To me it is a fortunate coincidence that ANZAC day falls so close to the feast of Samhain. Samhain, (pronounced sowen) , or as it is more commonly known Halloween is celebrated in the southern hemisphere around the first of May and is a festival in which we honour the dead and pay homage to our ancestors. To many Pagans, Samhain is a time when we invite the spirits of our dead ancestors to join us, share a meal and bless us. It is about remembering who we are and where we have come from, as well as recognising the great circle of life, that of birth, life, death and rebirth.
We make special recognition of this cycle at this time because the Earth, The Mother, Gaia, Jord, Mother Nature Herself is showing us in shades of gold and red, brown and yellow that it is a time of change for Her too, She is dying, going to sleep until the spring brings Her rebirth. She has given us the means to survive the cold months ahead and for that we also must give thanks. In the dark times ahead it may be easy to lose hope but the sun will come again, She will awaken in the spring and burst forth with new life.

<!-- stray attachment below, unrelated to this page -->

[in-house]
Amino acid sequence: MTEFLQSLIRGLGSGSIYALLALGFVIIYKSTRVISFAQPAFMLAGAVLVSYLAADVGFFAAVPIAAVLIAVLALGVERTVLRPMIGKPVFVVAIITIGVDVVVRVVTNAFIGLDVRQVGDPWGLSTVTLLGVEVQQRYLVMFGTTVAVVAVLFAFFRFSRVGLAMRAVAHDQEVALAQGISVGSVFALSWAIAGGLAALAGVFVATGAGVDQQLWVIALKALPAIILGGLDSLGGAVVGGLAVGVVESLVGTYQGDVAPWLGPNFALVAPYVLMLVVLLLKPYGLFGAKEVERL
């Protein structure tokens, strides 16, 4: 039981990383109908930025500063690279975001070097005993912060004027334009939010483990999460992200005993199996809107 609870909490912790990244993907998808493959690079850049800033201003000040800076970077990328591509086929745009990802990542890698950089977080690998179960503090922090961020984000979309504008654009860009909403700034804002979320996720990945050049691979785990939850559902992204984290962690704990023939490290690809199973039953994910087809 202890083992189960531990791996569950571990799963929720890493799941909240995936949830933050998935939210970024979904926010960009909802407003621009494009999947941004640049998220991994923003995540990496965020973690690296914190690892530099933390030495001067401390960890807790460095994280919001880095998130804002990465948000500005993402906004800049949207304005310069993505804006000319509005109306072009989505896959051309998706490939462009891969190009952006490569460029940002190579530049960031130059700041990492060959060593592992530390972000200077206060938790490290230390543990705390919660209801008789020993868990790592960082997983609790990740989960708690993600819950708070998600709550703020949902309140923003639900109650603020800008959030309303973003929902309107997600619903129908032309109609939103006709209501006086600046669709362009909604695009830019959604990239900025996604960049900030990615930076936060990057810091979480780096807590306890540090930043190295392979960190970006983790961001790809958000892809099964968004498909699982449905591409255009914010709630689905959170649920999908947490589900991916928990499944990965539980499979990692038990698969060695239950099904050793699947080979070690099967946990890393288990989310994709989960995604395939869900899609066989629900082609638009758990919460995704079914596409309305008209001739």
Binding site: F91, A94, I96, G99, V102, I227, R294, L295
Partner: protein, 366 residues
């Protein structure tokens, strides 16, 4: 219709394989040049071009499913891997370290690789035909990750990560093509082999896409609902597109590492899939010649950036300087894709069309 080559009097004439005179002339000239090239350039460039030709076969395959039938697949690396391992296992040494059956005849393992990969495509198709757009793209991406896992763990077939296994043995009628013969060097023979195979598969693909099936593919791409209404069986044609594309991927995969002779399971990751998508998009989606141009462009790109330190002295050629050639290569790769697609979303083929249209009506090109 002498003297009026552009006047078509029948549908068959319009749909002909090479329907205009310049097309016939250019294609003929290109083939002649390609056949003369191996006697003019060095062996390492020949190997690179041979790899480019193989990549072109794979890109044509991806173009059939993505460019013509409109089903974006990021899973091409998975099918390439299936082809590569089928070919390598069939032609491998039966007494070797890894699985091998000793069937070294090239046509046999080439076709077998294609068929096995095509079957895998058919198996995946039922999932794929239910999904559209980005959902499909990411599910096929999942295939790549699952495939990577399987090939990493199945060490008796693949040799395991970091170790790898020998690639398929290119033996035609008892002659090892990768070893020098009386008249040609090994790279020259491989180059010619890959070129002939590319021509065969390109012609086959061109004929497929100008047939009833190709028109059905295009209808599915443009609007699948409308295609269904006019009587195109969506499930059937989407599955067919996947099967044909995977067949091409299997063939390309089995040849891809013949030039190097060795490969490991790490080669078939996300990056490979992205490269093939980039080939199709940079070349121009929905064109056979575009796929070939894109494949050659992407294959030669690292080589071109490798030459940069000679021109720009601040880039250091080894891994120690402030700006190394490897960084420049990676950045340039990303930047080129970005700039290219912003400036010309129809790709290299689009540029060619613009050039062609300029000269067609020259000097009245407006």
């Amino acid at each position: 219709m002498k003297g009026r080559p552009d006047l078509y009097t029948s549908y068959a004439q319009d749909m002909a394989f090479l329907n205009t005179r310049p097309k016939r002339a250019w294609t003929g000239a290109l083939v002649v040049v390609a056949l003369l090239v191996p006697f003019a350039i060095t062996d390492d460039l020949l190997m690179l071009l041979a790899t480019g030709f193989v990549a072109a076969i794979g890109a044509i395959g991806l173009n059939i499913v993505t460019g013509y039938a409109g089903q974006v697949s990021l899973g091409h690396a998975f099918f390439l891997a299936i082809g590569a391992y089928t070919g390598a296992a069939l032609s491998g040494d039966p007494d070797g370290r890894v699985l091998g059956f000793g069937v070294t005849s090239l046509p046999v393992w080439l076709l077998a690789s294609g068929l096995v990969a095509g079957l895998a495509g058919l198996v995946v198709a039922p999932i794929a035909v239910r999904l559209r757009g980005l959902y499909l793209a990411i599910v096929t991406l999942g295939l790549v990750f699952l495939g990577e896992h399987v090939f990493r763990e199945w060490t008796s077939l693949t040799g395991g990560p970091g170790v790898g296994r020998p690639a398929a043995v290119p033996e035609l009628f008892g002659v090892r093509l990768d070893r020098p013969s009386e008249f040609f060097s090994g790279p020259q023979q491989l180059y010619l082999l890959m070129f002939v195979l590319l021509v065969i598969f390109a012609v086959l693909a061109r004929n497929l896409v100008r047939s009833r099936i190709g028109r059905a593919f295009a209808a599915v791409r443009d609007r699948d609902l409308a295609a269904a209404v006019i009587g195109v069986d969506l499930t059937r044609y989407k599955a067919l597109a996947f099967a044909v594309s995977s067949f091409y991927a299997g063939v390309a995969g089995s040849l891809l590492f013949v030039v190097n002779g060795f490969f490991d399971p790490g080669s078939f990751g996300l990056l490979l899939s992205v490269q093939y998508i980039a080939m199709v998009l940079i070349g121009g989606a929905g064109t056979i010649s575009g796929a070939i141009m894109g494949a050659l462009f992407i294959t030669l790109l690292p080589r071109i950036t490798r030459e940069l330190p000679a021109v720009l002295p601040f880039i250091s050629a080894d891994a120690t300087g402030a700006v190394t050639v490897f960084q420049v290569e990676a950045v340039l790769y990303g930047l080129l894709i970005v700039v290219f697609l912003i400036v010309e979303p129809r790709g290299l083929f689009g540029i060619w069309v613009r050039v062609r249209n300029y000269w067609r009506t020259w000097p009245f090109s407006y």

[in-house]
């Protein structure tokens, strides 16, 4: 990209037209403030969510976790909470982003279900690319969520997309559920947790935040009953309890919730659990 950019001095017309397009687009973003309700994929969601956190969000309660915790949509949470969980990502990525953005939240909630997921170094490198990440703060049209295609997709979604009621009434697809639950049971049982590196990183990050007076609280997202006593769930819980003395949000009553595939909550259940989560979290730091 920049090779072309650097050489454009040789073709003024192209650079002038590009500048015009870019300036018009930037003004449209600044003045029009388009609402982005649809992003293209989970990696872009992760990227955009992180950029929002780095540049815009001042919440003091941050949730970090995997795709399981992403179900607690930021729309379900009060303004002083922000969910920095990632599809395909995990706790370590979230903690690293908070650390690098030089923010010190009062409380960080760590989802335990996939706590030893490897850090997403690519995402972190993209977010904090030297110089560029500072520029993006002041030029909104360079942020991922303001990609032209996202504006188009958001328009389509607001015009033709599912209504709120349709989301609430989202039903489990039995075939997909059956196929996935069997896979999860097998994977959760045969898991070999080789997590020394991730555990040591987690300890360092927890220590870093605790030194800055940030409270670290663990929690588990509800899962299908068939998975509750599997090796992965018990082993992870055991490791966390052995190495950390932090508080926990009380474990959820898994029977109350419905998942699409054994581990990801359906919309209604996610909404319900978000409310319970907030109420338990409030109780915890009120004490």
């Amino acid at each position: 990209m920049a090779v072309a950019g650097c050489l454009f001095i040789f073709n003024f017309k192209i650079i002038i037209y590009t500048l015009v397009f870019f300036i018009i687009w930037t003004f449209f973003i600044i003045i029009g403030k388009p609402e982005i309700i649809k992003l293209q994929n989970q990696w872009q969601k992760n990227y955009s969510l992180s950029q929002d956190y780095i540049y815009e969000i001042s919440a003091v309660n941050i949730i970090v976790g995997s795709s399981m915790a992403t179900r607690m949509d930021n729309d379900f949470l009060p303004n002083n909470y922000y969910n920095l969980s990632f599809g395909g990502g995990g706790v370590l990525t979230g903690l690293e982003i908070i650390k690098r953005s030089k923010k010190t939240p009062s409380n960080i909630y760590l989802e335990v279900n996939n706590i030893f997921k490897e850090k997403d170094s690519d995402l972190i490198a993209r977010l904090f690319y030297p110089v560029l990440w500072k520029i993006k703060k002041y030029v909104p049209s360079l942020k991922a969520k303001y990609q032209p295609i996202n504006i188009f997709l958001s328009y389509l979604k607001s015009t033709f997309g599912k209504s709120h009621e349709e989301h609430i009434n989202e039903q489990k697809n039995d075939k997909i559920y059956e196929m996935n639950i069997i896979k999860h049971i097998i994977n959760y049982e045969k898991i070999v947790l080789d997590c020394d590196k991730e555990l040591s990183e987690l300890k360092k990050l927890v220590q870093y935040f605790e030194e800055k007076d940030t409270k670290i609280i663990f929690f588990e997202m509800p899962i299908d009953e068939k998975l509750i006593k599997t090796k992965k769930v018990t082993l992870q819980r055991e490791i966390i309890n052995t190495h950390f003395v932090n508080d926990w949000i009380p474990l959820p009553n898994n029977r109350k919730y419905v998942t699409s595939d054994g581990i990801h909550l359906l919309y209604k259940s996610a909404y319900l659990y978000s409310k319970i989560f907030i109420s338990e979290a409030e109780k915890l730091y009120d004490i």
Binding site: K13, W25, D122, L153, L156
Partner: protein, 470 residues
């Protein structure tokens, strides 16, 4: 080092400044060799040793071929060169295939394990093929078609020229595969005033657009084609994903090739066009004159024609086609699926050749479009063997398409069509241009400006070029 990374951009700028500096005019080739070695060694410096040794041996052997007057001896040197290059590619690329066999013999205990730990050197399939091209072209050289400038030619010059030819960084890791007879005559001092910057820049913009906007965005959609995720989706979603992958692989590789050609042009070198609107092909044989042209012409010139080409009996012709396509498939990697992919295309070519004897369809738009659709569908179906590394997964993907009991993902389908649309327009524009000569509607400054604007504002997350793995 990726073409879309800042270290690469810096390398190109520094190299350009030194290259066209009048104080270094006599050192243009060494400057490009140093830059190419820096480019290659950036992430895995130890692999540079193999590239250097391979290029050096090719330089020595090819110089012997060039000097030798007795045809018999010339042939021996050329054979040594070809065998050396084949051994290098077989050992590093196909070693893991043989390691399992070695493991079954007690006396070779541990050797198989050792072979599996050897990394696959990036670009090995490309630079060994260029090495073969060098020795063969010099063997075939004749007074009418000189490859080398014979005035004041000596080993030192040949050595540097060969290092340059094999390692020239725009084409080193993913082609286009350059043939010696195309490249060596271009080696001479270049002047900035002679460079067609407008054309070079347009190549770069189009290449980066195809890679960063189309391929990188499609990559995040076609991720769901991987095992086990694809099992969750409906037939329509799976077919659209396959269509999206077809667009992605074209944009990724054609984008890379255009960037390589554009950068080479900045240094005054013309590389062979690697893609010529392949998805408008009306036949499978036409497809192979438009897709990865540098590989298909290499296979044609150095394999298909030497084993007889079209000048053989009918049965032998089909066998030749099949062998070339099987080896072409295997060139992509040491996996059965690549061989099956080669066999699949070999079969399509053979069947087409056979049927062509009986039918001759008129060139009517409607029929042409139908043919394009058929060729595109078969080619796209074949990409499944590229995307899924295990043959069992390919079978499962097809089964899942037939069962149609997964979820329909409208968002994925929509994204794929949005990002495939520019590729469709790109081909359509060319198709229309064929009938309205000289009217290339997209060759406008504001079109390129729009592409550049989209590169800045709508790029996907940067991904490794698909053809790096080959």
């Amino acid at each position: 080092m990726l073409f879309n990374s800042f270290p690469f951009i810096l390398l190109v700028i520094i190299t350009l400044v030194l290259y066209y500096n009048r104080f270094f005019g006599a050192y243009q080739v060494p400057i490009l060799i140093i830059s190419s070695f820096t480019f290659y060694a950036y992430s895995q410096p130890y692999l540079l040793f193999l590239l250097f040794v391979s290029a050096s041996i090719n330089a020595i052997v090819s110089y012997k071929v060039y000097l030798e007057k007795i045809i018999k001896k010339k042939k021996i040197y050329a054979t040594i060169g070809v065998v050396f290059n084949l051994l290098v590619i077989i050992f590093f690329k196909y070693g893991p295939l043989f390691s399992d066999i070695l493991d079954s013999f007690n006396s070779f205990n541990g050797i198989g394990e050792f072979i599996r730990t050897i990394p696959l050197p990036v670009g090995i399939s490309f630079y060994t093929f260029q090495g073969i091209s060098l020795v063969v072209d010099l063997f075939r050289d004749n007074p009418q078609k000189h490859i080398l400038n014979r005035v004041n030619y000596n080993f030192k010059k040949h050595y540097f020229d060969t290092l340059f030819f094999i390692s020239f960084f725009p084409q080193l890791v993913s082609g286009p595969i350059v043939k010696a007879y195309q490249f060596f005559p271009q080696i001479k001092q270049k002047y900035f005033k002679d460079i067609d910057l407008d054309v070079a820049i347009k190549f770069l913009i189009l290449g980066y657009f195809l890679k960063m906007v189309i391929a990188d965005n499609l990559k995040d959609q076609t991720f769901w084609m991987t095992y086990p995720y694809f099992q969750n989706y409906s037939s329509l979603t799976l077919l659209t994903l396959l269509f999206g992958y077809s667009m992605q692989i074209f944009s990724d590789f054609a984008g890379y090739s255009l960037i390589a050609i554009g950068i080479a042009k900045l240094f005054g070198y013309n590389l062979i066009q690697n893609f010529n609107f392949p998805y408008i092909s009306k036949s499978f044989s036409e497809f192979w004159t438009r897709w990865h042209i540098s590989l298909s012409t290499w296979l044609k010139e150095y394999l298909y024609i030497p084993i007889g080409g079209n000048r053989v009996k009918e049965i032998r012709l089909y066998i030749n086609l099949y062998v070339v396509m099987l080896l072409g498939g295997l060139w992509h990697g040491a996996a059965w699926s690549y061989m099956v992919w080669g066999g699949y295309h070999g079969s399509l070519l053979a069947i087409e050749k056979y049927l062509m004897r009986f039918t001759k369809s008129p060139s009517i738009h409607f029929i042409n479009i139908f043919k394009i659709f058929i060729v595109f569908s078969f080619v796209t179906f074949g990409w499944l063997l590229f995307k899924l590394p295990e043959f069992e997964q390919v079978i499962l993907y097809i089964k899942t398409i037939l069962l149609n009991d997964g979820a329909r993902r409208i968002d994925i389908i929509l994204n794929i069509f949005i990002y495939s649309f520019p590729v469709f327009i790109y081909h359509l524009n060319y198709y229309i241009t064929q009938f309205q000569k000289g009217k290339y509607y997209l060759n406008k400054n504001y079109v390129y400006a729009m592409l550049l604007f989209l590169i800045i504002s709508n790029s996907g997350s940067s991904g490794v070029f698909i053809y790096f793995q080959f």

To me ANZAC day is about much the same things, we recognise and honour those people who made huge sacrifices in order that we can enjoy the life we do today. For whatever reason they left their homes and families, it took great courage to go abroad and do what they did under the circumstances they encountered, some dying in the processes others having the courage to come home and try to lead a normal life after witnessing what few of this generation could imagine. It is only right that we honour them.